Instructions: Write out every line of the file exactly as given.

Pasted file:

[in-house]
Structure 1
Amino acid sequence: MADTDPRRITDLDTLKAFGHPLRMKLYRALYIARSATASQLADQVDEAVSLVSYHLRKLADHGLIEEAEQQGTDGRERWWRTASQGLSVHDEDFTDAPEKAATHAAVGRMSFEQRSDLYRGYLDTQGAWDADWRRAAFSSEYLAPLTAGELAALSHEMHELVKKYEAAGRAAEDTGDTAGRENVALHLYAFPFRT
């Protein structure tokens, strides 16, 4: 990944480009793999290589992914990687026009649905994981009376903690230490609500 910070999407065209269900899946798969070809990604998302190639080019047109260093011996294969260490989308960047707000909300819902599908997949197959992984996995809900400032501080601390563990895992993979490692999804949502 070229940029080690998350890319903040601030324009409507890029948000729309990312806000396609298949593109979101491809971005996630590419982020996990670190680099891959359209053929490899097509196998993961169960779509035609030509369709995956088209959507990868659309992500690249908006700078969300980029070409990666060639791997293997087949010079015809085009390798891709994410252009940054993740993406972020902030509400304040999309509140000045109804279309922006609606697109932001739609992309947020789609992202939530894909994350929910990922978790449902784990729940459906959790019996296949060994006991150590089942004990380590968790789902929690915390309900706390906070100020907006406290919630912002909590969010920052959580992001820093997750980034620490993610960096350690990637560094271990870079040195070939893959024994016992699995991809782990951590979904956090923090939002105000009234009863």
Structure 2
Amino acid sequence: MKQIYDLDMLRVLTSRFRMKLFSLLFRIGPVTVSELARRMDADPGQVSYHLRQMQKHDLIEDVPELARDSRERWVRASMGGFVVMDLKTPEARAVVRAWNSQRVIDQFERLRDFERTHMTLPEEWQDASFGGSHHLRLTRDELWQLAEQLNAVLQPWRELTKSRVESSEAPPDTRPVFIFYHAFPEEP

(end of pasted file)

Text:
[in-house]
Structure 1
Amino acid sequence: MADTDPRRITDLDTLKAFGHPLRMKLYRALYIARSATASQLADQVDEAVSLVSYHLRKLADHGLIEEAEQQGTDGRERWWRTASQGLSVHDEDFTDAPEKAATHAAVGRMSFEQRSDLYRGYLDTQGAWDADWRRAAFSSEYLAPLTAGELAALSHEMHELVKKYEAAGRAAEDTGDTAGRENVALHLYAFPFRT
């Protein structure tokens, strides 16, 4: 990944480009793999290589992914990687026009649905994981009376903690230490609500 910070999407065209269900899946798969070809990604998302190639080019047109260093011996294969260490989308960047707000909300819902599908997949197959992984996995809900400032501080601390563990895992993979490692999804949502 070229940029080690998350890319903040601030324009409507890029948000729309990312806000396609298949593109979101491809971005996630590419982020996990670190680099891959359209053929490899097509196998993961169960779509035609030509369709995956088209959507990868659309992500690249908006700078969300980029070409990666060639791997293997087949010079015809085009390798891709994410252009940054993740993406972020902030509400304040999309509140000045109804279309922006609606697109932001739609992309947020789609992202939530894909994350929910990922978790449902784990729940459906959790019996296949060994006991150590089942004990380590968790789902929690915390309900706390906070100020907006406290919630912002909590969010920052959580992001820093997750980034620490993610960096350690990637560094271990870079040195070939893959024994016992699995991809782990951590979904956090923090939002105000009234009863």
Structure 2
Amino acid sequence: MKQIYDLDMLRVLTSRFRMKLFSLLFRIGPVTVSELARRMDADPGQVSYHLRQMQKHDLIEDVPELARDSRERWVRASMGGFVVMDLKTPEARAVVRAWNSQRVIDQFERLRDFERTHMTLPEEWQDASFGGSHHLRLTRDELWQLAEQLNAVLQPWRELTKSRVESSEAPPDTRPVFIFYHAFPEEP